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OPIOID CRISIS DEMANDS PARADIGM SHIFT

by John Strand | .(JavaScript must be enabled to view this email address) | News | April 13th, 2016

Just over a decade ago, ND lawmakers enacted legislation championed by Sen. Larry Robinson of Valley City to establish a state­-funded addiction treatment facility with a primary focus on Methamphetamine. Share House Inc. was subsequently awarded the contract to implement and manage that pilot program, which grew over time in mission and capabilities yet always faced severe financial constraints.

The Robinson Treatment Center has treated as many as 800 people and in recent years put focus on opioid addictions. HPR visited with Sen. Robinson to get a better understanding.

HPR: In your perspective, what’s the state of our ability to respond, intervene and treat folks with addictions and in particular opioid addictions in North Dakota?

Sen. Larry Robinson: In my opinion, we have had a history unfortunately of being reactive and not proactive. We have focused on reacting in terms of building more and more incarceration facilities. As we speak, we have expansions and new jails underway in Burleigh­Morton County, Ward, Mercer, Mountrail, Williams, McHenry and Bottineau County. There’s a planning discussion in Rolette County and, as you know, Stutsman County and Cass County are also discussing the potential of expanding their jail facilities.

We haven’t been able to get a handle on investing in treatment. Statistics will tell us that treatment works. The program at Share House, the Robinson Recovery Center, I believe, has about a 40 percent success rate in treatment. They had a unique model.

They call it the matrix model, it’s a very comprehensive, complex treatment model, but about 40 percent were successful.

That’s not to suggest the other 60 percent were failures. There’s any number of degrees of success in that program. Forty percent compared to the national averages and so on is pretty good.

So, we’ve been reactive. Our approach has been somewhat fragmented. The state has some facilities and treatment programs in place, most notably the Tompkins Rehabilitation Center at the State Hospital in Jamestown. In that facility they have about 75 treatment beds available, great staff, good people, but a tight budget, so they’re driven by the budget. Often we find situations where an individual is making progress but not ready to return home and to go back to work, [yet] they’re relieved from treatment.

In comparison, at the Share House program, often individuals in treatment would be kept there for prolonged periods. The folks there would work with them, find part­time work in the community, and they were not sent home until the conditions were right.

They had a job, they had support back in the home setting. They themselves felt they were ready to go home and the professional staff at Share House felt they were ready to go home. That is one of the reasons why they enjoyed a pretty good success.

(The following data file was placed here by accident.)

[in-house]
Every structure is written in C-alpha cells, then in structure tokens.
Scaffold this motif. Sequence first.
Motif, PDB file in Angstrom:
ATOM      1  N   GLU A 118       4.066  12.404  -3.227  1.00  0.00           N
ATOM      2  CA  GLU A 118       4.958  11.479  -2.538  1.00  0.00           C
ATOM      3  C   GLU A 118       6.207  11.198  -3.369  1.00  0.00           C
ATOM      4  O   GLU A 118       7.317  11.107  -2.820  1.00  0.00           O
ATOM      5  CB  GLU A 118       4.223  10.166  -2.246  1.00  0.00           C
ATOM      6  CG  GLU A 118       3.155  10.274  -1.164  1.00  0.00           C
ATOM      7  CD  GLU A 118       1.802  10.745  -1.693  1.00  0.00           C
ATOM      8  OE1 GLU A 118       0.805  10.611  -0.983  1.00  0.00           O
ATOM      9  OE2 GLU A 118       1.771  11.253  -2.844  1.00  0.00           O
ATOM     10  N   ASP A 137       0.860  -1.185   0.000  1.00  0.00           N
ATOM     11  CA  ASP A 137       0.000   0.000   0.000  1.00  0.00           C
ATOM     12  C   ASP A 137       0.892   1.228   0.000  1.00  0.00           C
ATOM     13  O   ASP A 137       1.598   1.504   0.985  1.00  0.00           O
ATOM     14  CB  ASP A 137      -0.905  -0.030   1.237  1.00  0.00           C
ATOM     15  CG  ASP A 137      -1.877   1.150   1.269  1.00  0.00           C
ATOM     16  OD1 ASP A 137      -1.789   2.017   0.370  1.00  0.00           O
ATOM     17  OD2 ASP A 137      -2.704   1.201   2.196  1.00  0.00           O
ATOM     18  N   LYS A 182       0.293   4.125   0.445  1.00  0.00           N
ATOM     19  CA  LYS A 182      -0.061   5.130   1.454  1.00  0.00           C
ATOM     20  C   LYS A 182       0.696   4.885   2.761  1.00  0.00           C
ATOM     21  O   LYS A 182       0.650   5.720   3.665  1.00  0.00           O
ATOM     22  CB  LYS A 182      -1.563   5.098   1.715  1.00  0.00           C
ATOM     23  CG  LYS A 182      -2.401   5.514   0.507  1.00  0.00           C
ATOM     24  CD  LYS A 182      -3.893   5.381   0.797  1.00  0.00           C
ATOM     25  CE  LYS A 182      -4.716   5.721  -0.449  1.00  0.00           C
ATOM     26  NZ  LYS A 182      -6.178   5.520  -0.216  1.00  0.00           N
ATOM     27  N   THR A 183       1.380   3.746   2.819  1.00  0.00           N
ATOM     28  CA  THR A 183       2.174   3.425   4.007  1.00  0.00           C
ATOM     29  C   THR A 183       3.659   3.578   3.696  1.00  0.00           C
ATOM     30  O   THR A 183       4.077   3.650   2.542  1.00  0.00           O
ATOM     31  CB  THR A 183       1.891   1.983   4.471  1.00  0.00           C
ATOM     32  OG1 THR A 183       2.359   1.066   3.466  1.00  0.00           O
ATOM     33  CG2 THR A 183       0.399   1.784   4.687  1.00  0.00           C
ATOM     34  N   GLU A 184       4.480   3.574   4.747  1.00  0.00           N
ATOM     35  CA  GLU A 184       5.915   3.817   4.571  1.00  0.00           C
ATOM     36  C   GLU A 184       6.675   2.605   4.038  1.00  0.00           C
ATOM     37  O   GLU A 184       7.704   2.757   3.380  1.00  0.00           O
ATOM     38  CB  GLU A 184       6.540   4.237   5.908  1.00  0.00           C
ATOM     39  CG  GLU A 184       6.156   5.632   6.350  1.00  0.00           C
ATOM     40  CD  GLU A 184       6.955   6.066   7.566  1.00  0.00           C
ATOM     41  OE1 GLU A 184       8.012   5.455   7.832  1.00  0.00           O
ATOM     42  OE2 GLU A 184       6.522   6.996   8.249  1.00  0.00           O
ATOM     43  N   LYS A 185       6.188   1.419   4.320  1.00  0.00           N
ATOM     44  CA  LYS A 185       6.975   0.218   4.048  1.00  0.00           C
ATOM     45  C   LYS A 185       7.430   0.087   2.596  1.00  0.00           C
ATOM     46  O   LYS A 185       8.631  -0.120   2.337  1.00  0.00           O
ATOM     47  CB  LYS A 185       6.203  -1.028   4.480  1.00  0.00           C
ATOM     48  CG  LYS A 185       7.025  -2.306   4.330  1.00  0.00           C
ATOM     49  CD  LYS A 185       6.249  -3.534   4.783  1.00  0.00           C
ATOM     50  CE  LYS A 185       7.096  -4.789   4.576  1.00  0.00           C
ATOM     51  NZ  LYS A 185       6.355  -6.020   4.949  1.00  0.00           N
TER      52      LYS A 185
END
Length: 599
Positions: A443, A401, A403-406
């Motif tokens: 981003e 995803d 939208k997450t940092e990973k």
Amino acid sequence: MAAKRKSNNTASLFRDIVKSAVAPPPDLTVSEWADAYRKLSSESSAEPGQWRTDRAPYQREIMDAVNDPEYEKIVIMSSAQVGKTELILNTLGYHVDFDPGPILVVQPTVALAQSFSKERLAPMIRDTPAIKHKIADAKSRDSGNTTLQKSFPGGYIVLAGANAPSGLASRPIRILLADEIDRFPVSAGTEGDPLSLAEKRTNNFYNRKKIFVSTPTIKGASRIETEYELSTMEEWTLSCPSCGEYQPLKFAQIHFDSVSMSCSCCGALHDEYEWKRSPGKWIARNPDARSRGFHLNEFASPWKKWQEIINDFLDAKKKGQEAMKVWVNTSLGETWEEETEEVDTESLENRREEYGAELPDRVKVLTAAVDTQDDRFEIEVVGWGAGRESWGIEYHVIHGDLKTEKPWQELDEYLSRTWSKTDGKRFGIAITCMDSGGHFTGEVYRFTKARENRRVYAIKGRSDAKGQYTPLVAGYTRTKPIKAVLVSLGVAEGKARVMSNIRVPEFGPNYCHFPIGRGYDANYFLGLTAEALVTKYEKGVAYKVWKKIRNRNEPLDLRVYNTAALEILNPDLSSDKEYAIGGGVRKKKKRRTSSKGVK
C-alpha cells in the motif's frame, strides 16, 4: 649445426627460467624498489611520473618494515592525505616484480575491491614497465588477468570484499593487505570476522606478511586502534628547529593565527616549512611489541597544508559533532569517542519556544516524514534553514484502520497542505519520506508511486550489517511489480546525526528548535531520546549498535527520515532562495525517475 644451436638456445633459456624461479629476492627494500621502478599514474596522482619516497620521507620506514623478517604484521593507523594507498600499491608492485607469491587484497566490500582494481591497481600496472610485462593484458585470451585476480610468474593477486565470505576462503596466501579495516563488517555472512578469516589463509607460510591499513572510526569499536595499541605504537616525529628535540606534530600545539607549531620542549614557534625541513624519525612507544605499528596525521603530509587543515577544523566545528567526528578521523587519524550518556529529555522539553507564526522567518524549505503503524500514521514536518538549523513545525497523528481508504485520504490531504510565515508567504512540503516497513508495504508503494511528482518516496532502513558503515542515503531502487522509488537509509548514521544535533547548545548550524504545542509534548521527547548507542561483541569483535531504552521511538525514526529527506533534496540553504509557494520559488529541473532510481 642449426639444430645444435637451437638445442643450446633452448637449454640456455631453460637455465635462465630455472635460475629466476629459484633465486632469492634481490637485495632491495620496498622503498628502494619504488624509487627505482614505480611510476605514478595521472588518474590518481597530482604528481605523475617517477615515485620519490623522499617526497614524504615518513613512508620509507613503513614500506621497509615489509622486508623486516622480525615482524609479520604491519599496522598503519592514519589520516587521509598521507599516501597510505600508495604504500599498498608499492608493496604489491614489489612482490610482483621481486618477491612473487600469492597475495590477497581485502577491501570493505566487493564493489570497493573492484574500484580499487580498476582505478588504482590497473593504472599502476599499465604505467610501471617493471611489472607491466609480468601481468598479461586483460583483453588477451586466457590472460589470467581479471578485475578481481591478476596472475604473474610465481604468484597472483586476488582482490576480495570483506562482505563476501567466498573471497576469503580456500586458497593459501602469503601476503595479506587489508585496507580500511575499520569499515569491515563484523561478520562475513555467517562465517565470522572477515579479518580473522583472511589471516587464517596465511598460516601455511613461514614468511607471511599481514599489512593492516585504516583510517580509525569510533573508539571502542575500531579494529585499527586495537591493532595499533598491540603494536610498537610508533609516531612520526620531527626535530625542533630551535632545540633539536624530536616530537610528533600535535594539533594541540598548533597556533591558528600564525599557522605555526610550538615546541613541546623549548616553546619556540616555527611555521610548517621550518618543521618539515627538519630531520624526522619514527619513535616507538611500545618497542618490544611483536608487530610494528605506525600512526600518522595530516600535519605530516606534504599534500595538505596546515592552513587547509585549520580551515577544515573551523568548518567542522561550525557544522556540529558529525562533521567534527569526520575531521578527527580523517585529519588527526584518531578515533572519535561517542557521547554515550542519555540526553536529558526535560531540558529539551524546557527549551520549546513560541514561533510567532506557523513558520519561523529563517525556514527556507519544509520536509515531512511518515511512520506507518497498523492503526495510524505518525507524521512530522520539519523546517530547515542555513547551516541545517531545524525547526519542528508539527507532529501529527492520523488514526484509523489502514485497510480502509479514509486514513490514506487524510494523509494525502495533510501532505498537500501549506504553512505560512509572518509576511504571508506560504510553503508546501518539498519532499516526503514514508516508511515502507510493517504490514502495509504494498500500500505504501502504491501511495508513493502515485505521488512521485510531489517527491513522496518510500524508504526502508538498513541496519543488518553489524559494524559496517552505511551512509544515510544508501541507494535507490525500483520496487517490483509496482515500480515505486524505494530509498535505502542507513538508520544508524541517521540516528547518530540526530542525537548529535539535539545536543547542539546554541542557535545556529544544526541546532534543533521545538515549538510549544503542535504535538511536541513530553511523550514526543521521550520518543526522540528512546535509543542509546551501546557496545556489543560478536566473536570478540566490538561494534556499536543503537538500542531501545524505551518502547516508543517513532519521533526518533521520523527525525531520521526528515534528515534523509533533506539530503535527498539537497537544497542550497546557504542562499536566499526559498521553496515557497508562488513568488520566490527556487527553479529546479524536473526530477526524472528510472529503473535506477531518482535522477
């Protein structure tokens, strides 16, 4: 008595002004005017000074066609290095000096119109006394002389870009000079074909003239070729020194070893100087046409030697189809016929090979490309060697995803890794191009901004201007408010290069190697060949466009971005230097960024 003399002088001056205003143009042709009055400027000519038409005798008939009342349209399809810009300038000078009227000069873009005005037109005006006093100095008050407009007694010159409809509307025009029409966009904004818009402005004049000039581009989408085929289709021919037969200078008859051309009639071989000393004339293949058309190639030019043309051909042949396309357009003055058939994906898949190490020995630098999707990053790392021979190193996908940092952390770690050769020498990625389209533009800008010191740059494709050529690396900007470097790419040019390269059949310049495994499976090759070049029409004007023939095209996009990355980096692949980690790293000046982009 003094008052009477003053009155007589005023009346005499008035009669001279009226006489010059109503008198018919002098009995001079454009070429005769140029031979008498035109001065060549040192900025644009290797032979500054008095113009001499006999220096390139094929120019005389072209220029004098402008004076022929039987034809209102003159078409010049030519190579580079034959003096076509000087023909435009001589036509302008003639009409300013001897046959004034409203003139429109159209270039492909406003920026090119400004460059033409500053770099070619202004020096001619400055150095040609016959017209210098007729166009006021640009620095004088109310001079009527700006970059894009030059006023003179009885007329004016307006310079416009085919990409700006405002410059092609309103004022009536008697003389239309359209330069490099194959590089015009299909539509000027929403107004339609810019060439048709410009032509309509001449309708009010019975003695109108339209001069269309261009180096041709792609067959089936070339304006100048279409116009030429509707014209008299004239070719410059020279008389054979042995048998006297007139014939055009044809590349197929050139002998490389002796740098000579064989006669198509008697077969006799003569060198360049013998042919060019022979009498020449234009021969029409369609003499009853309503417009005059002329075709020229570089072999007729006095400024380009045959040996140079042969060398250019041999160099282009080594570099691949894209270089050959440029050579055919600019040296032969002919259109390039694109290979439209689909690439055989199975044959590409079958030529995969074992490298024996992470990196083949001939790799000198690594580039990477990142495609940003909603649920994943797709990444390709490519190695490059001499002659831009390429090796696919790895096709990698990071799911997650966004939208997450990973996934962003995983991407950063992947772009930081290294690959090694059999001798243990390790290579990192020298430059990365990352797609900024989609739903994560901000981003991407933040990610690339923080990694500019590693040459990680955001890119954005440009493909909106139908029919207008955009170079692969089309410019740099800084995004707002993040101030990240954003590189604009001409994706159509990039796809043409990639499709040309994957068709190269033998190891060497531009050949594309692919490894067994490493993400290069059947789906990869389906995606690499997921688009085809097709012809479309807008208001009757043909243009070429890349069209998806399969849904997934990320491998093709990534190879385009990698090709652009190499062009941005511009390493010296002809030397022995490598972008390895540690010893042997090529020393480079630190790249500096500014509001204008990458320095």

So, we have far too much emphasis on incarceration and far too little emphasis on treatment programs in the state. In fact, we’re way behind the eight ball in terms

providing comprehensive treatment across the State of North Dakota.

We need to transfer resources away from incarceration and the prison system and find a way to build treatment programs not only in Fargo but indeed across the State of North Dakota. We’re spending some $215 – $220 million on our prison system. We’ve got about 1,600 incarcerated. We’ve got about 7,000 on parole and probation. And if you stop and think about that in and of itself, 7,000 parole and probation clients across the State of North Dakota, all of them have an assigned caseworker. We’ve got caseworkers in state fleet vehicles crisscrossing the state every day, 365 days a year ­­ it’s an investment beyond words.

And the question is, are we having a positive impact on the big picture? We are seeing continued growth in our corrections department. We cannot build ourselves out of this problem. That we have all of these counties building or expanding their jail facilities, and at the same time we see little if any investment in treatment, tells a powerful story.

HPR: Let’s get to the human aspect of this, the families and the people involved directly and indirectly. How far­reaching is this issue of addiction, first meth and other addictions but now the opioid addiction issue landing on our doorstep with the most serious of consequences? How far reaching is it?

LR: It’s deep. We have an epidemic and I think it’s nothing short of an epidemic across the State of North Dakota. It goes to the inner core of who we are as a people. I always tell folks if it hasn’t knocked at your door I hope and pray that it doesn’t, but sooner or later every one of us will experience in our family and with our loved ones an addiction issue.